Ukraine, 2022 - Director: Taras Tomenko
80 min - Ukrainian original with English subtitles

SCALA Programmkino Apothekenstr. 17, 21335 Lüneburg

LIAS Film Series: "Fish Eye" with Regisseur Amin Behroozzadeh

Tuesday, 5.12., 7:00 pm

Fish Eye

In his first documentary film, musician, photographer and filmmaker Amin Behroozzadeh explores industrial fishing. Skilfully interweaving images, sound and music, the award-winning director tells the story of his four-month journey on the largest Iranian fishing boat in the Indian Ocean, on which the crew goes about its work: catching 2000 tonnes of tuna. His work on this film took a total of eight years and, ccording to Behroozzadeh himself, put the sushi lover off eating fish. Between poetry and social criticism, FISH EYE is a visual essay that reflects on the mechanisms of capitalism through industrial fishing.

Followed by a discussion with director Amin Behroozzadeh and an introduction by ethnologist Dr Katja Rieck (LIAS).

Iran, 2020, Director: Amin Behroozzadeh
70 min - Original with English Subtitles

Free admission

SCALA Arthouse Cinema | Apothekenstr. 17 | 21335 Lüneburg

LIAS Talk: “From the EU Parliament to the Americas: The global rise of the extreme right today”

Miguel Urbán, MEP

30. November 2023, 5:30 – 7:00 pm
Campus | Central Building C40.501

Many democracies around the world are facing the challenge of confronting right-wing populist movements. Miguel Urbán Crespo has engaged for years both in national and European politics. On the basis of his newest book "Trumpismos. Neoliberales y Autoritarios",he will reflect on right-wing populism as a global political phenomenon and what can be done to mobilize against it.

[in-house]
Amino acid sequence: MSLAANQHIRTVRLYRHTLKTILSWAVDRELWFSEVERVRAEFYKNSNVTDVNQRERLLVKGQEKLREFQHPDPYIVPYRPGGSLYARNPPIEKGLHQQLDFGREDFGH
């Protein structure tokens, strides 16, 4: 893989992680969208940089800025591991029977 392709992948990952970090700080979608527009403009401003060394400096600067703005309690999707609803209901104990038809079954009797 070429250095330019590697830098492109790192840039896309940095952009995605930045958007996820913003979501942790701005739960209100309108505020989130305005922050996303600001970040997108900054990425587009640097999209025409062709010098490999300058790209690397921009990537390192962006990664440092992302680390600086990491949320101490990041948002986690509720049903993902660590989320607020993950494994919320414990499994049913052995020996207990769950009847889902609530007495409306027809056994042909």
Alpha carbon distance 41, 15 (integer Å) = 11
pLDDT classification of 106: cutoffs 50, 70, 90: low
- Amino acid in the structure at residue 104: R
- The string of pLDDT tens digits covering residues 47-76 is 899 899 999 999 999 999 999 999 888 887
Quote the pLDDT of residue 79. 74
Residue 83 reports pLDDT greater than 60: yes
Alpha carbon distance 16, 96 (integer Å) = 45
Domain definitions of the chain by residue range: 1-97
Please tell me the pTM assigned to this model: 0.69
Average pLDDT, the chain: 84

Miguel Urbán is a member of the Left Group of the European Parliament representing Spain. Before joining the EU Parliament, he was a co-founder of the Spanish left-wing party Podemos. His three books also testify to his engagement with the new right and the mobilization of resistance against it: "El viejo fascismo y la nueva derecha radical" (2014), "La emergencia de Vox. Apuntes para combatir a la extrema derecha Española" (2020) and "Trumpismos. Neoliberales y Autoritarios" (2023).

LIAS Lecture: Isabel Feichtner

From Critique to Commoning – The Role of Law in Social Ecological Transformation

The lecture deals with the role of law, jurisprudence and legal education in the socio-ecological transformation. Using two current debates - around deep sea mining and the valorisation of housing - the lecture explores ways to move beyond a critique of law that exposes its complicity in an extractive political economy, to a transformative law that interrupts and resists extraction to instead support the commons and commoning.

With an introduction by Erich Hörl, LIAS Co-Director.

Prof. Dr Isabel Feichtner, Professor of Public Law and International Economic Law University of Würzburg.

Wednesday, 29 November 2023, 6 pm
Central Campus Building // C40.704

Inaugural Lecture: LIAS Faculty Fellow Boukje Cnossen

Configurating the Creation of the New: Spaces of Organizing and Entrepreneuring

LIAS Faculty Fellow Boukje Cnossen has been Professor of Business Administration, especially Entrepreneurship, Organisation and Culture at Leuphana University Lüneburg, since July 2021.

Her research focuses on 'organising practices' in the cultural and creative industries, particularly examining the influence of space on creative practices. In current and previous research projects, she has investigated coworking spaces, creative hubs and artist collectives. With an increased interest in the organisational processes of artistic and creative practices, Prof. Cnossen's research draws on the communication-constitutes-organization (CCO) approach as well as insights from actor-network theory. As an active member of the CCO community as well as the Entrepreneurship-as-Practice (EaP) community, her collaboration and research extend across national and academic boundaries.

Tuesday, 21 November 2023, 6pm
C40.704 // Campus Universitätsallee